New IBA Report provides Global Perspective on Cybersecurity Risk Governance

The International Bar Association (“IBA”) Presidential Task Force on Cybersecurity and the IBA Legal Policy & Research Unit (“LPRU”) have issued a new report which is set to be a first of its kind offering a global perspective on cybersecurity risk governance. Building upon the 2018 IBA Cybersecurity Guidelines, one of the purposes of this report is to guide senior executives in safeguarding their organisations from cyber risk, while harmonising efforts globally for effective and holistic  protection against cyberattacks.

Despite that the scope of this report being on a global level, it nevertheless sheds light on sources from Task Force members spread across ten jurisdiction which include Denmark, Germany, India, and the United Kingdom.

Cybersecurity is fast becoming a primary concern for society at large and this has been aided by the rise of 5G networks, quantum computing and devices linked to the Internet of Things. Consequently, regulatory bodies are currently developing legal guidelines and standards to counteract the increase in cyber-attacks. Nonetheless, company leaders have to go beyond simply abiding with such regulations and have to strive to proactively establish security frameworks and strategies.

The report is divided into case studies by a country-level approach. This difference in regulatory capabilities enables the report to highlight the distinctive cybersecurity practices across different regions. It also emphasises the importance of large-scale leadership and of setting guidelines and standards which can fill out any lacuna in existing national legislation. While acknowledging that senior management and boards of directors, share accountability when it comes to cybersecurity risks, the new IBA report puts forwards the following seventeen recommendations:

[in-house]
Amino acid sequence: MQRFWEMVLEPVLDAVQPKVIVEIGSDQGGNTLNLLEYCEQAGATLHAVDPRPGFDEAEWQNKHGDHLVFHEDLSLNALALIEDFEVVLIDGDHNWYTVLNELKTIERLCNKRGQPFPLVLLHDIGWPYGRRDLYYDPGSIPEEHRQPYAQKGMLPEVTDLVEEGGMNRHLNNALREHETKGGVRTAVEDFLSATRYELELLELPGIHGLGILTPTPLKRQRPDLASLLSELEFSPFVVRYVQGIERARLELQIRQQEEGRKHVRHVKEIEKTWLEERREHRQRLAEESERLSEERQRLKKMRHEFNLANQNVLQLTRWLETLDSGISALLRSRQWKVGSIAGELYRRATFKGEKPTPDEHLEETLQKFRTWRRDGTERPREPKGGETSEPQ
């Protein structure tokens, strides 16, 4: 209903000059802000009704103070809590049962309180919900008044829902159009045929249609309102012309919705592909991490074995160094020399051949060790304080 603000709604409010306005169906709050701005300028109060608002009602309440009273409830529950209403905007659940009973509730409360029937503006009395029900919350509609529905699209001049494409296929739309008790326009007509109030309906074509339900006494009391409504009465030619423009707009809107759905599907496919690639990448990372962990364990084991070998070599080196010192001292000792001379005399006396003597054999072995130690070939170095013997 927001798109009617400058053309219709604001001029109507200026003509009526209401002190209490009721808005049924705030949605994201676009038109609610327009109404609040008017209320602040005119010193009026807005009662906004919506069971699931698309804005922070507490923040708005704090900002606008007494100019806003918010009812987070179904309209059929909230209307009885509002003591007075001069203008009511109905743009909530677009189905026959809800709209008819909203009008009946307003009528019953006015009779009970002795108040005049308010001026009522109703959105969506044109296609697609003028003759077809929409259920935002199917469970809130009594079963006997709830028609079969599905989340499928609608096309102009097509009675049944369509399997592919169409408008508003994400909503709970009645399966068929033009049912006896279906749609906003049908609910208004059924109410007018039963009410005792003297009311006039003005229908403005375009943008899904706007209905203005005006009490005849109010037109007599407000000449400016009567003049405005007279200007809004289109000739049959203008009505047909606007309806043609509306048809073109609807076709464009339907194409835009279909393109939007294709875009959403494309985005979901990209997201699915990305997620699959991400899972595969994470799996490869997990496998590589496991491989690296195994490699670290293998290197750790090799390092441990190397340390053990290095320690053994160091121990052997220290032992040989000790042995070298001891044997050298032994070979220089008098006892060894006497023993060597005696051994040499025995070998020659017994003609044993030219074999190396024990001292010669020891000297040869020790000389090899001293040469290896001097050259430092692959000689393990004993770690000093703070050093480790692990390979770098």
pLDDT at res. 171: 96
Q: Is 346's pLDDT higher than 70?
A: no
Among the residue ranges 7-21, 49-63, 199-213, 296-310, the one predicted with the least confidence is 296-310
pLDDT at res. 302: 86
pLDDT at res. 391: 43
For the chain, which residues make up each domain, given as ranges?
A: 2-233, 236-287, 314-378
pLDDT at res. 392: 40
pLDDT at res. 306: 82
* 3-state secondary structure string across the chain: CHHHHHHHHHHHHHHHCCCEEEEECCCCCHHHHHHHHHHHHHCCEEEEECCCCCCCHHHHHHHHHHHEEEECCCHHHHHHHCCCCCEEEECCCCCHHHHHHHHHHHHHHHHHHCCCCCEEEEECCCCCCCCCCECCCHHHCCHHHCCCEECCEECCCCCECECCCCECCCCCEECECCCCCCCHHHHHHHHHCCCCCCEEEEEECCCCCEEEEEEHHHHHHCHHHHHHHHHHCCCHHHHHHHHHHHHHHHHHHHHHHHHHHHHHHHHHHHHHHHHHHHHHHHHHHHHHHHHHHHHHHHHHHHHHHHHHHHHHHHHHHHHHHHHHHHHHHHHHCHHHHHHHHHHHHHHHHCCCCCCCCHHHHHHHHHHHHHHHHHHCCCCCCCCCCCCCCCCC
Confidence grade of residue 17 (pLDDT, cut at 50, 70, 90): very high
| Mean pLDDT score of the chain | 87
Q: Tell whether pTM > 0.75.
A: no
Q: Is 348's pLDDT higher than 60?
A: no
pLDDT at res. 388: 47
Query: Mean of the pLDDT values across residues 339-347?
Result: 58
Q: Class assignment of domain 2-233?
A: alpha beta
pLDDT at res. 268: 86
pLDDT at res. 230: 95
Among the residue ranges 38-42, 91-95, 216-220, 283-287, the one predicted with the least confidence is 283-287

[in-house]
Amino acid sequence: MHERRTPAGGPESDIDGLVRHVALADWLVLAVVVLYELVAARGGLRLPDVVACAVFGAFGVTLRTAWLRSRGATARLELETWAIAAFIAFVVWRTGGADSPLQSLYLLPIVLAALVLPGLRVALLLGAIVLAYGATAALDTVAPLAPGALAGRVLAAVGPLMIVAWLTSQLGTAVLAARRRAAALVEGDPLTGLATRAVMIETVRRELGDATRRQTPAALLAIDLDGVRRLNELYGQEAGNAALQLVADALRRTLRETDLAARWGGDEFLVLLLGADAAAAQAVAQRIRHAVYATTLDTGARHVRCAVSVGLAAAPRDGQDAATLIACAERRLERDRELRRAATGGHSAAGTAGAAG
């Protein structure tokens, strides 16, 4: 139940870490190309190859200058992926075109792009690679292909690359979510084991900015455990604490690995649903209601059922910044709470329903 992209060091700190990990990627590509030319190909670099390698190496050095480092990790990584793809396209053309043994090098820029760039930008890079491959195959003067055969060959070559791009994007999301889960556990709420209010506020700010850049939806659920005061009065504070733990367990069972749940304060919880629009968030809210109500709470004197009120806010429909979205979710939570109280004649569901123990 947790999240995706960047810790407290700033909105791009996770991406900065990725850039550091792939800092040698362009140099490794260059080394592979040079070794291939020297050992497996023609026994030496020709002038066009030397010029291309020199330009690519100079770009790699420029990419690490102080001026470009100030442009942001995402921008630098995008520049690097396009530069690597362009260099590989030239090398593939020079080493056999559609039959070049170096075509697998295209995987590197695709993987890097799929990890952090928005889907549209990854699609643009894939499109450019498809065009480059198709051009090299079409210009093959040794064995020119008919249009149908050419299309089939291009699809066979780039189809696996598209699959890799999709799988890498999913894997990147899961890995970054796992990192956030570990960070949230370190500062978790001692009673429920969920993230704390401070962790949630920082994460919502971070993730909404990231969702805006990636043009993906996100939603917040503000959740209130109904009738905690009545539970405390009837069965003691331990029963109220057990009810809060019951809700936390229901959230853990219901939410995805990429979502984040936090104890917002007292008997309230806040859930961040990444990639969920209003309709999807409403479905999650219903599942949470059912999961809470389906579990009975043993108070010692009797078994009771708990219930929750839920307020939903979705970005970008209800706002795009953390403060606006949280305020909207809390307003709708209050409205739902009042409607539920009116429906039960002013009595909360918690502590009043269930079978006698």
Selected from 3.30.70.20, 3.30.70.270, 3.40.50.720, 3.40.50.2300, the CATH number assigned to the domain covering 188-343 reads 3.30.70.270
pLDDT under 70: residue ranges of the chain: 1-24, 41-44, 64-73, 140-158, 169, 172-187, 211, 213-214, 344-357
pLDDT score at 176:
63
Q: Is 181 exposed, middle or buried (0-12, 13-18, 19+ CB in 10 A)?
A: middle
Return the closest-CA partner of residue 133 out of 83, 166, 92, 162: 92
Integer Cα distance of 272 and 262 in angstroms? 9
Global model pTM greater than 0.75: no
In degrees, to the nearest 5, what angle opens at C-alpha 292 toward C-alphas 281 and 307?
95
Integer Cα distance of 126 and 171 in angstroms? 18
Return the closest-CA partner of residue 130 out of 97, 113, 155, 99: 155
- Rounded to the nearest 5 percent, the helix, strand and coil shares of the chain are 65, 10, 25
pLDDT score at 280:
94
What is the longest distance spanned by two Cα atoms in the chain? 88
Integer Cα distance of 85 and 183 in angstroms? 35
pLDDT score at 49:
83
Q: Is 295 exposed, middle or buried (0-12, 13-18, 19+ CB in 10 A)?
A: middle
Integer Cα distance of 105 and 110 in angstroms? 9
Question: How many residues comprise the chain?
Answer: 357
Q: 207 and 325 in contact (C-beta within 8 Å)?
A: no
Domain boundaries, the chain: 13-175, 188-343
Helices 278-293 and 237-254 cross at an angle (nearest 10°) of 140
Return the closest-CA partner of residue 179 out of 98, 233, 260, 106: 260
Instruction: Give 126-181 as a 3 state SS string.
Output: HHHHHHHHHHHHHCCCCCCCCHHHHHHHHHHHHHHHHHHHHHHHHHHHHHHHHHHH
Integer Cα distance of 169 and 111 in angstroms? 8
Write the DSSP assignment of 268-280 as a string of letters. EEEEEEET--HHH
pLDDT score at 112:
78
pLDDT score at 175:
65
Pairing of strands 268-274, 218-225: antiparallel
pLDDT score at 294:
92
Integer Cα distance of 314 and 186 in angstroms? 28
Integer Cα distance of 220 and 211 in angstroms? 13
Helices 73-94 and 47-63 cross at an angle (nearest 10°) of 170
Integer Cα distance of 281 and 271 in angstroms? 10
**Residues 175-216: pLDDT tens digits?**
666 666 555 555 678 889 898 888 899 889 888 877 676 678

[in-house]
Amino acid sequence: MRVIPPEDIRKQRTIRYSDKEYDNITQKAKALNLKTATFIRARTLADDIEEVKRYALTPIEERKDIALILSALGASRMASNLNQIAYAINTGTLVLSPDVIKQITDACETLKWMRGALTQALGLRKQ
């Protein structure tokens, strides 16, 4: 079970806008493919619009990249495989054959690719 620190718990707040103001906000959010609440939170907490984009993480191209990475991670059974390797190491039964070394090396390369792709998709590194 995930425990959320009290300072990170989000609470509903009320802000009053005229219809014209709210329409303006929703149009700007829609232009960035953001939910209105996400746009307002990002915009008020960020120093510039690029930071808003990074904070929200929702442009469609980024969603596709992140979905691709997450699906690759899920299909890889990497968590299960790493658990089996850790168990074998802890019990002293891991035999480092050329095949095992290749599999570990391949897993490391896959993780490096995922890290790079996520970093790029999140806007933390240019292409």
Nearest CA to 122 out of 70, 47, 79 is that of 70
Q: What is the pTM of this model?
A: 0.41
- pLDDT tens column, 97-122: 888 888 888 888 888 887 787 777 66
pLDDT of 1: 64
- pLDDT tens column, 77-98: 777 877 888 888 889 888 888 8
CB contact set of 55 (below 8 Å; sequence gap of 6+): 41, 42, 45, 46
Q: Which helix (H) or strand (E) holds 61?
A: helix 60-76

1. Understanding the cyber risk profile of the organisation;
  2. Understanding the key information assets to protect;
  3. Understanding the significant regulatory requirements;
  4. Determining the appropriate risk tolerance of the organisation;
  5. Understanding what cybersecurity standards the organisation is using;
  6. Ensuring appropriate risk decisions on protecting key information assets;
  7. Ensuring periodic risk assessments are conducted;
  8. Establishing clear lines of control over cybersecurity and cyber risk management;
  9. Ensuring the board has sufficient cybersecurity expertise;
  10. Ensuring management has sufficient cybersecurity expertise;
  11. Investing sufficient funds to meet cybersecurity goals;
  12. Understanding the cybersecurity testing, training program and review results;
  13. Ensuring that senior management and board receive regular updates;
  14. Ensuring the appropriate reporting lines so that cyber risks are raised to leadership;
  15. Assessing changes in cyber risk posture caused by business developments;
  16. Reviewing, understanding, and testing the organisation’s cyber incident response plans; and
  17. Overseeing the response to significant incidents.

Due to the day-to-day role of the senior management, they are able to accurately track internal knowledge, external support and expertise, and cross-functional collaboration. This allows them to choose the best-fitting policy for their organisation. Senior management is responsible for ensuring internal compliance and due to their role of primary reporters to the board, they can also suggest timely analysis/assessments and updates.

At present, it is optimal for organisations that the Board of Directors, are well-versed in financial and legal risks linked with poor cybersecurity practices.  It would be beneficial to also have supervisory boards allowing for a top-down approach to cybersecurity prioritisation.

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